The Red River Campaign: Union and Confederate Leadership and the War in Louisiana

bdtex

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Searched the forum before posting to make sure there wasn't another review thread posted.

Finished this one last night. A few comments:
1. It is 144 pages,with quite a few pictures,drawings and maps so it is a pretty quick read. Reading some every night,it took me five days.

2. The book is basically 5 chapters. 2 are about the land forces action during the campaign,1 on naval forces action,1 dealing with Union occupation/garrison troop duties/life and 1 about doing a driving tour of the various historical sites of the campaign.

3. The land forces action section was mostly about Gen. Taylor(CSA),Gen. Banks(USA),Gen. Mouton(CSA),Gen. Gray's(CSA) Louisiana Brigade and Col. Beard's(CSA) Louisiana Consolidated Crescent Regiment. That part of the book was disappointing to me because the bulk of the Confederate forces were not Louisiana regiments,but they suffered the most casualties at Mansfield and the book was only 144 pages. Not much about Union forces at all. The other notable thing is that it was Lincoln who really wanted the campaign to happen. Grant opposed it,but Sherman was in favor of it. Troops from Sherman were detached to Banks but he was given a strict timetable to return them to Sherman. Just from memory,those sections of the book also described Fort DeRussy and the Battle Of Blair's Landing which were a coupla other significant engagements in the campaign. Also,the content about the areas being pretty well foraged out by the armies and the treatment of the wounded was interesting.

4. I learned the most from the naval forces action section because that aspect of the campaign is the one I least knew about. Rear Admiral David Porter was in command of the Union naval forces. It was a risky venture. I believe his fleet was about 30+ ships which included ironclads,tinclads,gunboats and transports. The river was lower than they anticipated. I think the fleet made it a little past Alexandria before it turned back due to the retreat of Banks' forces from Mansfield/Pleasant Hill. I think about 9 ships were lost in the campaign including one ironclad,mostly in the trip back downriver. Knowing the Red River,I get the impression that "ironclads" operating there must have been shallow draft,armored gunboats in actuality. Maybe someone with a little more knowledge of CW naval vessels will comment on that. The other thing that struck me about that section of the book was how undermanned and outgunned the Trans-Mississippi Confederate forces were. With 1000-1500 more men and maybe a dozen heavy shore batteries,the Confederates could've battered the Union fleet going and coming especially after Banks marched his forces away from the river towards Pleasant Hill/Mansfield.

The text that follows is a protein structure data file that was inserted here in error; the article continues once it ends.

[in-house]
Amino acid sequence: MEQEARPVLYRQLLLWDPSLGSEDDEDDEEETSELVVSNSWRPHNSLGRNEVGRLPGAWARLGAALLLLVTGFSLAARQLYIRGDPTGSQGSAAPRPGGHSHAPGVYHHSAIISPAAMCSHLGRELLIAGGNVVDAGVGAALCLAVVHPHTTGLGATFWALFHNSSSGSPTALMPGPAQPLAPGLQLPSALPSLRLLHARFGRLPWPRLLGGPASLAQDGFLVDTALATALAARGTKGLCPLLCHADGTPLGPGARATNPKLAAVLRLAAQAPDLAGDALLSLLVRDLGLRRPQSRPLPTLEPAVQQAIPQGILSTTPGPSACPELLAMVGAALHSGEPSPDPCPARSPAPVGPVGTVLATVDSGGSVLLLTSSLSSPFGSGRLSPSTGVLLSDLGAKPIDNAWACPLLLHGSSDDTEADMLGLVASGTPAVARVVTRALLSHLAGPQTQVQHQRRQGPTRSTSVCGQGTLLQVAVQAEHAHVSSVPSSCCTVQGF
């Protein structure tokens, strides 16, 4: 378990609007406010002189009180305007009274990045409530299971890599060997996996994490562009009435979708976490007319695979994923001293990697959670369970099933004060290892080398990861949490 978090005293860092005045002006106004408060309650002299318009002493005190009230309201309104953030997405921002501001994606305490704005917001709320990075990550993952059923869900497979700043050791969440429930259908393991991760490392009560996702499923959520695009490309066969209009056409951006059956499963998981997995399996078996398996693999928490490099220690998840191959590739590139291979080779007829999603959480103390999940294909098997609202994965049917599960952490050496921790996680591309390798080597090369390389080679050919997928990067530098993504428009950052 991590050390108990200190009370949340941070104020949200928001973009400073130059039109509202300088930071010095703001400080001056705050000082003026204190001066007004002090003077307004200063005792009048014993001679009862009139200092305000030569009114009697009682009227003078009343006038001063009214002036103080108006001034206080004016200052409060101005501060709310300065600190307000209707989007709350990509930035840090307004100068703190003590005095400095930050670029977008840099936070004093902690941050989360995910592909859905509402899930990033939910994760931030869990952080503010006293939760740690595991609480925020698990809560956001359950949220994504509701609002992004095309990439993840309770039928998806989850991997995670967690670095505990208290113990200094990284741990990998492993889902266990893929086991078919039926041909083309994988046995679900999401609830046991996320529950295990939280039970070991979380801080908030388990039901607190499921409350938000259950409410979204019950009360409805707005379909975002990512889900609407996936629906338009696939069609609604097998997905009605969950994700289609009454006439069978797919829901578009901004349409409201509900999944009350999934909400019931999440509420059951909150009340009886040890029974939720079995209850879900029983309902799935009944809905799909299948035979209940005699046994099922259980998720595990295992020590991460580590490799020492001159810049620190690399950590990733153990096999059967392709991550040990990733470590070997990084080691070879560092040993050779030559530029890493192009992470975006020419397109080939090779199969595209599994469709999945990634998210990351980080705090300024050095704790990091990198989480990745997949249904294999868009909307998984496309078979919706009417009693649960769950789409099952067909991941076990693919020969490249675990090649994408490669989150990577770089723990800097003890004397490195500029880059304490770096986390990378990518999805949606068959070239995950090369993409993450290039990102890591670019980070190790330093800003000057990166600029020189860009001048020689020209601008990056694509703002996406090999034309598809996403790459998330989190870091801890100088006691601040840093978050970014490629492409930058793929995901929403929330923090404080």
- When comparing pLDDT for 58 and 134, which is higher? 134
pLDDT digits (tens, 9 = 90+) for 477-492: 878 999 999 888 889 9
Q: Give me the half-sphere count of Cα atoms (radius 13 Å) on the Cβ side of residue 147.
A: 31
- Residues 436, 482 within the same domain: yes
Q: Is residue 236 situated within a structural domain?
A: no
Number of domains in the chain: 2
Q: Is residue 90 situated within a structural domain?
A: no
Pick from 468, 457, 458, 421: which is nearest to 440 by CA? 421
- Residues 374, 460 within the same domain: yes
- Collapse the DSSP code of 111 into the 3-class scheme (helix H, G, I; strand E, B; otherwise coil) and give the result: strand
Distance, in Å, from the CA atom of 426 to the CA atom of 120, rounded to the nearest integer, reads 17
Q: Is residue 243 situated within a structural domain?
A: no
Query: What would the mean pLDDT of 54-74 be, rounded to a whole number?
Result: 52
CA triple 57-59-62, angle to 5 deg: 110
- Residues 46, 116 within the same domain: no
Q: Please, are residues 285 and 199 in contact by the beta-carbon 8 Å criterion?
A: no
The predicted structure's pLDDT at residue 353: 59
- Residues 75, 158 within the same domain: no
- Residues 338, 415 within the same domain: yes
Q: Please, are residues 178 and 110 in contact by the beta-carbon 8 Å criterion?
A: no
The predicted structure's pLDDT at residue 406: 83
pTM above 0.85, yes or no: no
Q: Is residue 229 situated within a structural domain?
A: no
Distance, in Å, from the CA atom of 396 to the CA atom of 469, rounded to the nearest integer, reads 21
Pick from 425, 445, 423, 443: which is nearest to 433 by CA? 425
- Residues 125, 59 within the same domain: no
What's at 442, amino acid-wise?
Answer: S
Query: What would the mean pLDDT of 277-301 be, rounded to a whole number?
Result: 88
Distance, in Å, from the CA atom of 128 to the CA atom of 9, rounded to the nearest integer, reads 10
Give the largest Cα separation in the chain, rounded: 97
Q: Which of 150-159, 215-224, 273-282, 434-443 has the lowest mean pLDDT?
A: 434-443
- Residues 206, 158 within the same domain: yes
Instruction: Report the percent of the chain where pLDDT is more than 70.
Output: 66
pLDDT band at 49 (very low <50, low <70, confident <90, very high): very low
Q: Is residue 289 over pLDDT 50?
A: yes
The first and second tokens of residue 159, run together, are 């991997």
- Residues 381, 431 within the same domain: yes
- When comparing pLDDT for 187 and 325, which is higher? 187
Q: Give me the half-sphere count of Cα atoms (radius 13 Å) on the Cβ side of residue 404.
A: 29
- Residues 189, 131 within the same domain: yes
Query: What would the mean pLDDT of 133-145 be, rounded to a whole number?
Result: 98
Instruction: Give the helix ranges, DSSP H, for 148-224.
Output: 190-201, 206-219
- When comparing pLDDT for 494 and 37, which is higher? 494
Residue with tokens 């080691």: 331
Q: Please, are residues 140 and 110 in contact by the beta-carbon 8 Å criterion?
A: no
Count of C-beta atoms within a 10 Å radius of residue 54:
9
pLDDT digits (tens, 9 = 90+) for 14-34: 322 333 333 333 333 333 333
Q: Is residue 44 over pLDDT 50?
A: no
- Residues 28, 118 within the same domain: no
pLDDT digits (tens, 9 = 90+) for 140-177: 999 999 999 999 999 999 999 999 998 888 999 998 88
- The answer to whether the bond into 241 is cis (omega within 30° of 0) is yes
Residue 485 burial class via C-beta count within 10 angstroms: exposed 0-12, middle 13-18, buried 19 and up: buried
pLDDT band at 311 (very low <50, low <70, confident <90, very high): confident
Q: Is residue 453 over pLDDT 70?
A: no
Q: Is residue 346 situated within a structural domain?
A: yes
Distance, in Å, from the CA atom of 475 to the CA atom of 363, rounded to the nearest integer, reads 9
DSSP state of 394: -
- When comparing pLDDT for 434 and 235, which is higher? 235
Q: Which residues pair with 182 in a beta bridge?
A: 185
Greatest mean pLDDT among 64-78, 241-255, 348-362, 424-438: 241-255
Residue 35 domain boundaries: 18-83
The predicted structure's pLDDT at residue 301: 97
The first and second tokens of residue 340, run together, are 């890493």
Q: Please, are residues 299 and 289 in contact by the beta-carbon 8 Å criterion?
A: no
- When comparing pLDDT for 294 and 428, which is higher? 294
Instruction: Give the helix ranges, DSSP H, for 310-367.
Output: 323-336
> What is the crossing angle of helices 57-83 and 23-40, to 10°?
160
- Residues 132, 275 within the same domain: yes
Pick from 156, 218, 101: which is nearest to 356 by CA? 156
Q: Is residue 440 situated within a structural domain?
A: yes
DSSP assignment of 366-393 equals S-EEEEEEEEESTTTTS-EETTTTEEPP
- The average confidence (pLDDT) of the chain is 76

5. The section about Union occupation/garrison forces was mostly letters to home written by a Lieutenant from NY who served as a Brigade Staff Officer and in the Quartermaster section of the occupation forces in Alexandria,LA. His only rough duty was in the retreat. The Union forces were harassed all the way out by Confederate forces not really strong enough to stop them.